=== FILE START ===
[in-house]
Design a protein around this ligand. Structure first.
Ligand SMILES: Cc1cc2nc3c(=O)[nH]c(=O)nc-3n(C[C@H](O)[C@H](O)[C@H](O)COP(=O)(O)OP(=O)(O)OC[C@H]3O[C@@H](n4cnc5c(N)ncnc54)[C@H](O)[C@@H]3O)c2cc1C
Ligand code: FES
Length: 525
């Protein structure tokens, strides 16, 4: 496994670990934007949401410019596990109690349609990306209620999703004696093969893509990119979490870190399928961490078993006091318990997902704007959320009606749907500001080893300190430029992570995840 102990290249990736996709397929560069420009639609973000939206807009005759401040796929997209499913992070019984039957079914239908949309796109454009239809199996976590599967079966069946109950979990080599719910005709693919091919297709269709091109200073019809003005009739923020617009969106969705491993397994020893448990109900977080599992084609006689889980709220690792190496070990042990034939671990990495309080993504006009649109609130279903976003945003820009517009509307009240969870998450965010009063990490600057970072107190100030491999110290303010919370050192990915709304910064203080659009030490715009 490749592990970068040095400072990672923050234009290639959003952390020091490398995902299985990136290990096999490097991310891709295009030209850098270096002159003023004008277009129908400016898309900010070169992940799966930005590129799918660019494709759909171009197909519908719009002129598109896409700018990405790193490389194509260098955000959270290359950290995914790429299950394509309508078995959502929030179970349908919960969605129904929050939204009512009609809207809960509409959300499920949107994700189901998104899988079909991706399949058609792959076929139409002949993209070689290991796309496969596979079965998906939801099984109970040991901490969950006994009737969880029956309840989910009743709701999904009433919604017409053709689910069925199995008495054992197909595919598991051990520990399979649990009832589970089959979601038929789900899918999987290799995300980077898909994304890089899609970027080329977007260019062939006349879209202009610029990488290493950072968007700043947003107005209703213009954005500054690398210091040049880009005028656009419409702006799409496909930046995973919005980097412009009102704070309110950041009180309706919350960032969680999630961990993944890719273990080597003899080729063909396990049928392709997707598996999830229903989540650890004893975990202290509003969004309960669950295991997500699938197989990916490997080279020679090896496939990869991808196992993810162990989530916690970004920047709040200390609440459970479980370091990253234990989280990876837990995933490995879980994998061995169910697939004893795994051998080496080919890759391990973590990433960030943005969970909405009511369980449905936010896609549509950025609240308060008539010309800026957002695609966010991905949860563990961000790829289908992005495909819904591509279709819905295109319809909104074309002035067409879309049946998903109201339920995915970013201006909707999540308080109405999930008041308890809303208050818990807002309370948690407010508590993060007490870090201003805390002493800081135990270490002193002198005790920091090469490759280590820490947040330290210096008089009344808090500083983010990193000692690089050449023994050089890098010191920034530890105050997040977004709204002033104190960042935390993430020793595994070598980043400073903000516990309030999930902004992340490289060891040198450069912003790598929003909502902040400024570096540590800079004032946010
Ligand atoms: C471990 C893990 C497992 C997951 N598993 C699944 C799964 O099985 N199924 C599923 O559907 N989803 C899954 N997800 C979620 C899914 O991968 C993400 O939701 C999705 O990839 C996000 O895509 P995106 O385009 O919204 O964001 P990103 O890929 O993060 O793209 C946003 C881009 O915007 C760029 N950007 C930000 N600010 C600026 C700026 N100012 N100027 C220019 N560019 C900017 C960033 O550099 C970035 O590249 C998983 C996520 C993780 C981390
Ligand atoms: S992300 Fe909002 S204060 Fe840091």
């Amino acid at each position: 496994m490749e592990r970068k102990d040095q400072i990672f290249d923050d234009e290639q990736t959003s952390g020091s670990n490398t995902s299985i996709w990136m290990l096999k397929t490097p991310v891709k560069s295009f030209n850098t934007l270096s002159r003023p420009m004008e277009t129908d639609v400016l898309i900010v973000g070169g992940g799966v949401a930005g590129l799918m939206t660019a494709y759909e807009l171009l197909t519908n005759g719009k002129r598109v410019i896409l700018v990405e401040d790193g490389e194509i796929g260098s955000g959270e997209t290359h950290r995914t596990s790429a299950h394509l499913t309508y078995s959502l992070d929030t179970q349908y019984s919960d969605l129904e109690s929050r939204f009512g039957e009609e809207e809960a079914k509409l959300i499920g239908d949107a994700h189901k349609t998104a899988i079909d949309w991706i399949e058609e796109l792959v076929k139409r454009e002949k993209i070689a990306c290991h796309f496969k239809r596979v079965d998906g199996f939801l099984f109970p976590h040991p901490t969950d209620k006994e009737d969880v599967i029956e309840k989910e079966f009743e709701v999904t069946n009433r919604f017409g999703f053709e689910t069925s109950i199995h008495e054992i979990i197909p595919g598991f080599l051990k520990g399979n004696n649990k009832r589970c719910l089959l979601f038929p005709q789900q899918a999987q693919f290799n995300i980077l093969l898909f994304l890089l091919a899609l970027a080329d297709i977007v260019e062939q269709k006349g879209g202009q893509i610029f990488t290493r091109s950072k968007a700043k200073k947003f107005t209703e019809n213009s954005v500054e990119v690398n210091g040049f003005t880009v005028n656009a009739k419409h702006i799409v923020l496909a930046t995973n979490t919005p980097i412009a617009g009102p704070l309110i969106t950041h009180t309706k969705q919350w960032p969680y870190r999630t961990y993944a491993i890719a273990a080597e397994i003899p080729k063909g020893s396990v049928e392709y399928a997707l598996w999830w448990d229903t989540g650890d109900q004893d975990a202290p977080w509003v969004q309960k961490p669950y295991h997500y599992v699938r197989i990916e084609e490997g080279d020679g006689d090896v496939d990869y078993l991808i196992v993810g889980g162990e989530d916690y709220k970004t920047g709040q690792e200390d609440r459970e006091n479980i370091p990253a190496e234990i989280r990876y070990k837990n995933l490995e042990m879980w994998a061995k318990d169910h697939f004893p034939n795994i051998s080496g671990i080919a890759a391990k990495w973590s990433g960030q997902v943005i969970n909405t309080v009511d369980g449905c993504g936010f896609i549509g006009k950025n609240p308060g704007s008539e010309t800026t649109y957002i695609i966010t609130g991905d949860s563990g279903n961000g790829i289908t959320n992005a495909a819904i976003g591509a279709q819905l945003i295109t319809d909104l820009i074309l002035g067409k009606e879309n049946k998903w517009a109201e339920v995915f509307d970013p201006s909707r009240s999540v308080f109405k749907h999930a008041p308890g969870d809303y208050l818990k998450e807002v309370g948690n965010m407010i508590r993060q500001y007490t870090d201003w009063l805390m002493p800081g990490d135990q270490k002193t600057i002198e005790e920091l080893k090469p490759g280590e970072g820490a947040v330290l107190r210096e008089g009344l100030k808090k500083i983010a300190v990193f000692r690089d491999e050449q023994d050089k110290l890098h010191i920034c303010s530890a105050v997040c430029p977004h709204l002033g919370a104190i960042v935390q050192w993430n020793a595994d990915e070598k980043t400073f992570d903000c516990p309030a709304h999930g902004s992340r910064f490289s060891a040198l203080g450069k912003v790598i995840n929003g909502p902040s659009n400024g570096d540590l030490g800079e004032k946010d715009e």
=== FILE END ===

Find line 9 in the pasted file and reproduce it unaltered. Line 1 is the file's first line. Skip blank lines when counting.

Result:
């Amino acid at each position: 496994m490749e592990r970068k102990d040095q400072i990672f290249d923050d234009e290639q990736t959003s952390g020091s670990n490398t995902s299985i996709w990136m290990l096999k397929t490097p991310v891709k560069s295009f030209n850098t934007l270096s002159r003023p420009m004008e277009t129908d639609v400016l898309i900010v973000g070169g992940g799966v949401a930005g590129l799918m939206t660019a494709y759909e807009l171009l197909t519908n005759g719009k002129r598109v410019i896409l700018v990405e401040d790193g490389e194509i796929g260098s955000g959270e997209t290359h950290r995914t596990s790429a299950h394509l499913t309508y078995s959502l992070d929030t179970q349908y019984s919960d969605l129904e109690s929050r939204f009512g039957e009609e809207e809960a079914k509409l959300i499920g239908d949107a994700h189901k349609t998104a899988i079909d949309w991706i399949e058609e796109l792959v076929k139409r454009e002949k993209i070689a990306c290991h796309f496969k239809r596979v079965d998906g199996f939801l099984f109970p976590h040991p901490t969950d209620k006994e009737d969880v599967i029956e309840k989910e079966f009743e709701v999904t069946n009433r919604f017409g999703f053709e689910t069925s109950i199995h008495e054992i979990i197909p595919g598991f080599l051990k520990g399979n004696n649990k009832r589970c719910l089959l979601f038929p005709q789900q899918a999987q693919f290799n995300i980077l093969l898909f994304l890089l091919a899609l970027a080329d297709i977007v260019e062939q269709k006349g879209g202009q893509i610029f990488t290493r091109s950072k968007a700043k200073k947003f107005t209703e019809n213009s954005v500054e990119v690398n210091g040049f003005t880009v005028n656009a009739k419409h702006i799409v923020l496909a930046t995973n979490t919005p980097i412009a617009g009102p704070l309110i969106t950041h009180t309706k969705q919350w960032p969680y870190r999630t961990y993944a491993i890719a273990a080597e397994i003899p080729k063909g020893s396990v049928e392709y399928a997707l598996w999830w448990d229903t989540g650890d109900q004893d975990a202290p977080w509003v969004q309960k961490p669950y295991h997500y599992v699938r197989i990916e084609e490997g080279d020679g006689d090896v496939d990869y078993l991808i196992v993810g889980g162990e989530d916690y709220k970004t920047g709040q690792e200390d609440r459970e006091n479980i370091p990253a190496e234990i989280r990876y070990k837990n995933l490995e042990m879980w994998a061995k318990d169910h697939f004893p034939n795994i051998s080496g671990i080919a890759a391990k990495w973590s990433g960030q997902v943005i969970n909405t309080v009511d369980g449905c993504g936010f896609i549509g006009k950025n609240p308060g704007s008539e010309t800026t649109y957002i695609i966010t609130g991905d949860s563990g279903n961000g790829i289908t959320n992005a495909a819904i976003g591509a279709q819905l945003i295109t319809d909104l820009i074309l002035g067409k009606e879309n049946k998903w517009a109201e339920v995915f509307d970013p201006s909707r009240s999540v308080f109405k749907h999930a008041p308890g969870d809303y208050l818990k998450e807002v309370g948690n965010m407010i508590r993060q500001y007490t870090d201003w009063l805390m002493p800081g990490d135990q270490k002193t600057i002198e005790e920091l080893k090469p490759g280590e970072g820490a947040v330290l107190r210096e008089g009344l100030k808090k500083i983010a300190v990193f000692r690089d491999e050449q023994d050089k110290l890098h010191i920034c303010s530890a105050v997040c430029p977004h709204l002033g919370a104190i960042v935390q050192w993430n020793a595994d990915e070598k980043t400073f992570d903000c516990p309030a709304h999930g902004s992340r910064f490289s060891a040198l203080g450069k912003v790598i995840n929003g909502p902040s659009n400024g570096d540590l030490g800079e004032k946010d715009e």